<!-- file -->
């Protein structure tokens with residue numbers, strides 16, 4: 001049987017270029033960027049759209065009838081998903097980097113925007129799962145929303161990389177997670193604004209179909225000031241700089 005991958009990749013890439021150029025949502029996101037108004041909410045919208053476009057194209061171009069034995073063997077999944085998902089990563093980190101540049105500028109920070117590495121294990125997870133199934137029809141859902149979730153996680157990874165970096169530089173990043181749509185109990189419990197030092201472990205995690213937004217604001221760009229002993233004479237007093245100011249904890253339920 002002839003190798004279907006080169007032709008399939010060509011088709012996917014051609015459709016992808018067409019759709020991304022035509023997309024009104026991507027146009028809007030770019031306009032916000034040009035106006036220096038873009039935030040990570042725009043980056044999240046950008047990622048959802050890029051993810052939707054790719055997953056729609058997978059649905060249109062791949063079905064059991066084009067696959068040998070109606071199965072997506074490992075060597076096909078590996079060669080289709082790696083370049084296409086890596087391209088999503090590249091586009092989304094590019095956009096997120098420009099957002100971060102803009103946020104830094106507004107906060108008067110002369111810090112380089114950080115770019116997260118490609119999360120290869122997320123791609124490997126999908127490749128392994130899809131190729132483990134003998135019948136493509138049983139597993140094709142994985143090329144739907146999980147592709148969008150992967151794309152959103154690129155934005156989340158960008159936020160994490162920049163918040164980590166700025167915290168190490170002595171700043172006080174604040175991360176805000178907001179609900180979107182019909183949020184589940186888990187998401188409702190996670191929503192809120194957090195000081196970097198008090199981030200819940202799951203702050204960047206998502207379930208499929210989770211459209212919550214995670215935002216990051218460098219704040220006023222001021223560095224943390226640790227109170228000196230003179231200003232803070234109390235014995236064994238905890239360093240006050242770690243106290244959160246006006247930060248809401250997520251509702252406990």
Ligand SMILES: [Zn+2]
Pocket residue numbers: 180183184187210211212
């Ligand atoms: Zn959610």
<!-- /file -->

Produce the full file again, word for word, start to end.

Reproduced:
């Protein structure tokens with residue numbers, strides 16, 4: 001049987017270029033960027049759209065009838081998903097980097113925007129799962145929303161990389177997670193604004209179909225000031241700089 005991958009990749013890439021150029025949502029996101037108004041909410045919208053476009057194209061171009069034995073063997077999944085998902089990563093980190101540049105500028109920070117590495121294990125997870133199934137029809141859902149979730153996680157990874165970096169530089173990043181749509185109990189419990197030092201472990205995690213937004217604001221760009229002993233004479237007093245100011249904890253339920 002002839003190798004279907006080169007032709008399939010060509011088709012996917014051609015459709016992808018067409019759709020991304022035509023997309024009104026991507027146009028809007030770019031306009032916000034040009035106006036220096038873009039935030040990570042725009043980056044999240046950008047990622048959802050890029051993810052939707054790719055997953056729609058997978059649905060249109062791949063079905064059991066084009067696959068040998070109606071199965072997506074490992075060597076096909078590996079060669080289709082790696083370049084296409086890596087391209088999503090590249091586009092989304094590019095956009096997120098420009099957002100971060102803009103946020104830094106507004107906060108008067110002369111810090112380089114950080115770019116997260118490609119999360120290869122997320123791609124490997126999908127490749128392994130899809131190729132483990134003998135019948136493509138049983139597993140094709142994985143090329144739907146999980147592709148969008150992967151794309152959103154690129155934005156989340158960008159936020160994490162920049163918040164980590166700025167915290168190490170002595171700043172006080174604040175991360176805000178907001179609900180979107182019909183949020184589940186888990187998401188409702190996670191929503192809120194957090195000081196970097198008090199981030200819940202799951203702050204960047206998502207379930208499929210989770211459209212919550214995670215935002216990051218460098219704040220006023222001021223560095224943390226640790227109170228000196230003179231200003232803070234109390235014995236064994238905890239360093240006050242770690243106290244959160246006006247930060248809401250997520251509702252406990």
Ligand SMILES: [Zn+2]
Pocket residue numbers: 180183184187210211212
């Ligand atoms: Zn959610």